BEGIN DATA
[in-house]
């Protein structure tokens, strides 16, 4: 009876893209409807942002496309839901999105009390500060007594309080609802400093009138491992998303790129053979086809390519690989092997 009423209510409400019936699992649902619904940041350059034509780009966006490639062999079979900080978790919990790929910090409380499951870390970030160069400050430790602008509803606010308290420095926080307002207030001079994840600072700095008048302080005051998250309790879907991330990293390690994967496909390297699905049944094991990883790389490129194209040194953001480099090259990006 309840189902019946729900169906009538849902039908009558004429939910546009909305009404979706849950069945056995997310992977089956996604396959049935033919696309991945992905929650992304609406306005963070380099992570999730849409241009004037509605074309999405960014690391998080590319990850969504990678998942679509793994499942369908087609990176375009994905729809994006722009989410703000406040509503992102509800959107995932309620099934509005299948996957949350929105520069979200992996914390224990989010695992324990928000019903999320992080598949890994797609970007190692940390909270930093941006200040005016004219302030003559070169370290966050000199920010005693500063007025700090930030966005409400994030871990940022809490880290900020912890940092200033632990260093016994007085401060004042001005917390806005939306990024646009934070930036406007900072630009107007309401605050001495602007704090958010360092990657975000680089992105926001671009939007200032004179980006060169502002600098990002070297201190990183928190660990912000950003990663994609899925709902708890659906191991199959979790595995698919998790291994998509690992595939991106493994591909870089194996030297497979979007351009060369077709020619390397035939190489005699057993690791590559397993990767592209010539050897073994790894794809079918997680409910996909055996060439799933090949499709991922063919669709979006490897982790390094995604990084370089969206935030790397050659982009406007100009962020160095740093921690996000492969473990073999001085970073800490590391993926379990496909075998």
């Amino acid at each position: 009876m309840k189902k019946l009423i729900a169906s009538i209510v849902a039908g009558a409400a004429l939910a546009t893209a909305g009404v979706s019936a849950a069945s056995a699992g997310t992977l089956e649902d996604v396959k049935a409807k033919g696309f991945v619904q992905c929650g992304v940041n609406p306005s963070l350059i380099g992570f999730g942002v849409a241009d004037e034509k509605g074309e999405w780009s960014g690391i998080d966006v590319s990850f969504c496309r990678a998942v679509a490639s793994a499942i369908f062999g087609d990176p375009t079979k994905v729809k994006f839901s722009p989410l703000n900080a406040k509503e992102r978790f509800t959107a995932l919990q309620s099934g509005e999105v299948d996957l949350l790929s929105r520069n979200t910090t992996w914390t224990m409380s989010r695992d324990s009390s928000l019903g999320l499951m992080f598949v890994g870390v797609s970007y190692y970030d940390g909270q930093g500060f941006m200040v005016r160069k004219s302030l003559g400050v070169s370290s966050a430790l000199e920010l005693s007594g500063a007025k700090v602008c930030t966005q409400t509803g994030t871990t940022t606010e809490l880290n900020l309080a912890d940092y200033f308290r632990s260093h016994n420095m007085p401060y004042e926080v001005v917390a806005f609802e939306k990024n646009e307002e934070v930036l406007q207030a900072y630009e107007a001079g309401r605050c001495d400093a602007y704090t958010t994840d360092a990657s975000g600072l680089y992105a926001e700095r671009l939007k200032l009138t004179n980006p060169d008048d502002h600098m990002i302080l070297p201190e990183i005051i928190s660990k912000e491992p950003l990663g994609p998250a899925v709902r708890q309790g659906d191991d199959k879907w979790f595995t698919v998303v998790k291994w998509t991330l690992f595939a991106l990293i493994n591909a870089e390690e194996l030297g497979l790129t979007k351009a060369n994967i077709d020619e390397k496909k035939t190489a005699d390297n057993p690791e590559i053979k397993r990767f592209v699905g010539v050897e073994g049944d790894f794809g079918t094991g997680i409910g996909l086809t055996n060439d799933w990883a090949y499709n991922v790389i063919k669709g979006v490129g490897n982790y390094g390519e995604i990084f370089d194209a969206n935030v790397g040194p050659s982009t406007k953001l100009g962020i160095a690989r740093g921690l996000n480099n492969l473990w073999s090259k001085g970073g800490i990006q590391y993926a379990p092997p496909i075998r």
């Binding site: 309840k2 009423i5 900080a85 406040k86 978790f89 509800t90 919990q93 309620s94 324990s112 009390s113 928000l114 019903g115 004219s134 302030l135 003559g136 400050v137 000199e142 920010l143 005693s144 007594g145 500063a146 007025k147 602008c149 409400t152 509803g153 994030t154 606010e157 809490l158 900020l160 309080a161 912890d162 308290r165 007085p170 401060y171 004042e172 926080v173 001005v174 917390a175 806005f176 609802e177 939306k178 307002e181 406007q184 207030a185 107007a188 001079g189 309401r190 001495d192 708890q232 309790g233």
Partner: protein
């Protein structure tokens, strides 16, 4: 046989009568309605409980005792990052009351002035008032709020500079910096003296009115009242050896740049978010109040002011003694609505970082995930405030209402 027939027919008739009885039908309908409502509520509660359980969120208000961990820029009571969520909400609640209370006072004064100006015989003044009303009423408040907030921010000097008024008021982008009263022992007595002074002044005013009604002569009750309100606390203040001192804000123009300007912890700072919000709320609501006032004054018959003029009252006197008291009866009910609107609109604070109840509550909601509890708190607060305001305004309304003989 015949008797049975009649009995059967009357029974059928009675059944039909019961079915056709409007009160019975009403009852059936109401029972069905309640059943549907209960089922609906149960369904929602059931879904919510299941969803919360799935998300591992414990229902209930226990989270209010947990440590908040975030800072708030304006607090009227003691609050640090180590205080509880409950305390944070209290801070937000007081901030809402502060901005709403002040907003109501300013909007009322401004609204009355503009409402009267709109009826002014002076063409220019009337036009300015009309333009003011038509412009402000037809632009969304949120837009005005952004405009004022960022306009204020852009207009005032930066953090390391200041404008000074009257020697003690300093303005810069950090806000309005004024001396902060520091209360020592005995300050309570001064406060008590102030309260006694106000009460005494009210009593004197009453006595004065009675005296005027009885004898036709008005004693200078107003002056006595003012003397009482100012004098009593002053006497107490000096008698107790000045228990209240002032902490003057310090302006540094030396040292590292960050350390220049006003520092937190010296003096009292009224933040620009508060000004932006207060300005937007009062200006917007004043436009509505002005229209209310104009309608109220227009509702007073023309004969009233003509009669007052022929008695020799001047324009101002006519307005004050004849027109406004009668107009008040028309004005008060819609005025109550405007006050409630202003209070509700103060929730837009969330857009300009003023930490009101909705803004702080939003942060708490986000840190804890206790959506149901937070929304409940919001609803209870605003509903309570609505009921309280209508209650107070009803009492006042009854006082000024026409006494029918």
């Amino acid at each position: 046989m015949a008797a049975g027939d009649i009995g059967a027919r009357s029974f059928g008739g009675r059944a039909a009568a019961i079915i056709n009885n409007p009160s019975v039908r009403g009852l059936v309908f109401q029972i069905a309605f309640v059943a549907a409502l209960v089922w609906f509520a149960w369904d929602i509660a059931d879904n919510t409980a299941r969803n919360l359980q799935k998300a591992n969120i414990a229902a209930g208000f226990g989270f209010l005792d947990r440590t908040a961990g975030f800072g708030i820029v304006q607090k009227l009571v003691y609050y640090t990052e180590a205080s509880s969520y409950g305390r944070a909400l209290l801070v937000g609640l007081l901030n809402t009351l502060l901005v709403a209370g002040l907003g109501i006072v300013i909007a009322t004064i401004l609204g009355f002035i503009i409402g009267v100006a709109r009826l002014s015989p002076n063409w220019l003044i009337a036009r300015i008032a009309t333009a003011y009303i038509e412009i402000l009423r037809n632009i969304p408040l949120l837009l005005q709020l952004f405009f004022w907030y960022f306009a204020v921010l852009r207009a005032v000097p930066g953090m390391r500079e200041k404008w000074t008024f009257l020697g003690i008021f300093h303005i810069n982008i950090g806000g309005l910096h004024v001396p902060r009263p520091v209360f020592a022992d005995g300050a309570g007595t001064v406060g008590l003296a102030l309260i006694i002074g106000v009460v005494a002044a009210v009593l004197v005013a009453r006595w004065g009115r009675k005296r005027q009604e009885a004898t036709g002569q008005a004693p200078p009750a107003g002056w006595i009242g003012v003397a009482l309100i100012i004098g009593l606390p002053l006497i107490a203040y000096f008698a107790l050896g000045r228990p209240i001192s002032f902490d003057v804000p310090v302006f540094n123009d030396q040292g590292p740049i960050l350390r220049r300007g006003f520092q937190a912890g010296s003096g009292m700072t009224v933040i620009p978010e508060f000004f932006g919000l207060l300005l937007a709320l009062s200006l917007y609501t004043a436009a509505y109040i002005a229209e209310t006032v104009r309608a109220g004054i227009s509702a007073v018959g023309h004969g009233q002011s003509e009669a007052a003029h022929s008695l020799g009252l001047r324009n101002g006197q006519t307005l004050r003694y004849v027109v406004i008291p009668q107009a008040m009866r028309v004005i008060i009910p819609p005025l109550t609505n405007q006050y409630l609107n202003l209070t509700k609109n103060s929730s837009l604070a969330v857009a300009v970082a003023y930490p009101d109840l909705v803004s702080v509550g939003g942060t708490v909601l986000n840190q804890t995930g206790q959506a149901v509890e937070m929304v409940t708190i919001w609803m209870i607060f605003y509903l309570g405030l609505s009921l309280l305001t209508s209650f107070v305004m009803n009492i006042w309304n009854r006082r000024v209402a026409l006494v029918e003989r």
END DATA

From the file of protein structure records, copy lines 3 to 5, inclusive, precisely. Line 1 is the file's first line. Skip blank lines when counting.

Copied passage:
């Amino acid at each position: 009876m309840k189902k019946l009423i729900a169906s009538i209510v849902a039908g009558a409400a004429l939910a546009t893209a909305g009404v979706s019936a849950a069945s056995a699992g997310t992977l089956e649902d996604v396959k049935a409807k033919g696309f991945v619904q992905c929650g992304v940041n609406p306005s963070l350059i380099g992570f999730g942002v849409a241009d004037e034509k509605g074309e999405w780009s960014g690391i998080d966006v590319s990850f969504c496309r990678a998942v679509a490639s793994a499942i369908f062999g087609d990176p375009t079979k994905v729809k994006f839901s722009p989410l703000n900080a406040k509503e992102r978790f509800t959107a995932l919990q309620s099934g509005e999105v299948d996957l949350l790929s929105r520069n979200t910090t992996w914390t224990m409380s989010r695992d324990s009390s928000l019903g999320l499951m992080f598949v890994g870390v797609s970007y190692y970030d940390g909270q930093g500060f941006m200040v005016r160069k004219s302030l003559g400050v070169s370290s966050a430790l000199e920010l005693s007594g500063a007025k700090v602008c930030t966005q409400t509803g994030t871990t940022t606010e809490l880290n900020l309080a912890d940092y200033f308290r632990s260093h016994n420095m007085p401060y004042e926080v001005v917390a806005f609802e939306k990024n646009e307002e934070v930036l406007q207030a900072y630009e107007a001079g309401r605050c001495d400093a602007y704090t958010t994840d360092a990657s975000g600072l680089y992105a926001e700095r671009l939007k200032l009138t004179n980006p060169d008048d502002h600098m990002i302080l070297p201190e990183i005051i928190s660990k912000e491992p950003l990663g994609p998250a899925v709902r708890q309790g659906d191991d199959k879907w979790f595995t698919v998303v998790k291994w998509t991330l690992f595939a991106l990293i493994n591909a870089e390690e194996l030297g497979l790129t979007k351009a060369n994967i077709d020619e390397k496909k035939t190489a005699d390297n057993p690791e590559i053979k397993r990767f592209v699905g010539v050897e073994g049944d790894f794809g079918t094991g997680i409910g996909l086809t055996n060439d799933w990883a090949y499709n991922v790389i063919k669709g979006v490129g490897n982790y390094g390519e995604i990084f370089d194209a969206n935030v790397g040194p050659s982009t406007k953001l100009g962020i160095a690989r740093g921690l996000n480099n492969l473990w073999s090259k001085g970073g800490i990006q590391y993926a379990p092997p496909i075998r």
């Binding site: 309840k2 009423i5 900080a85 406040k86 978790f89 509800t90 919990q93 309620s94 324990s112 009390s113 928000l114 019903g115 004219s134 302030l135 003559g136 400050v137 000199e142 920010l143 005693s144 007594g145 500063a146 007025k147 602008c149 409400t152 509803g153 994030t154 606010e157 809490l158 900020l160 309080a161 912890d162 308290r165 007085p170 401060y171 004042e172 926080v173 001005v174 917390a175 806005f176 609802e177 939306k178 307002e181 406007q184 207030a185 107007a188 001079g189 309401r190 001495d192 708890q232 309790g233």
Partner: protein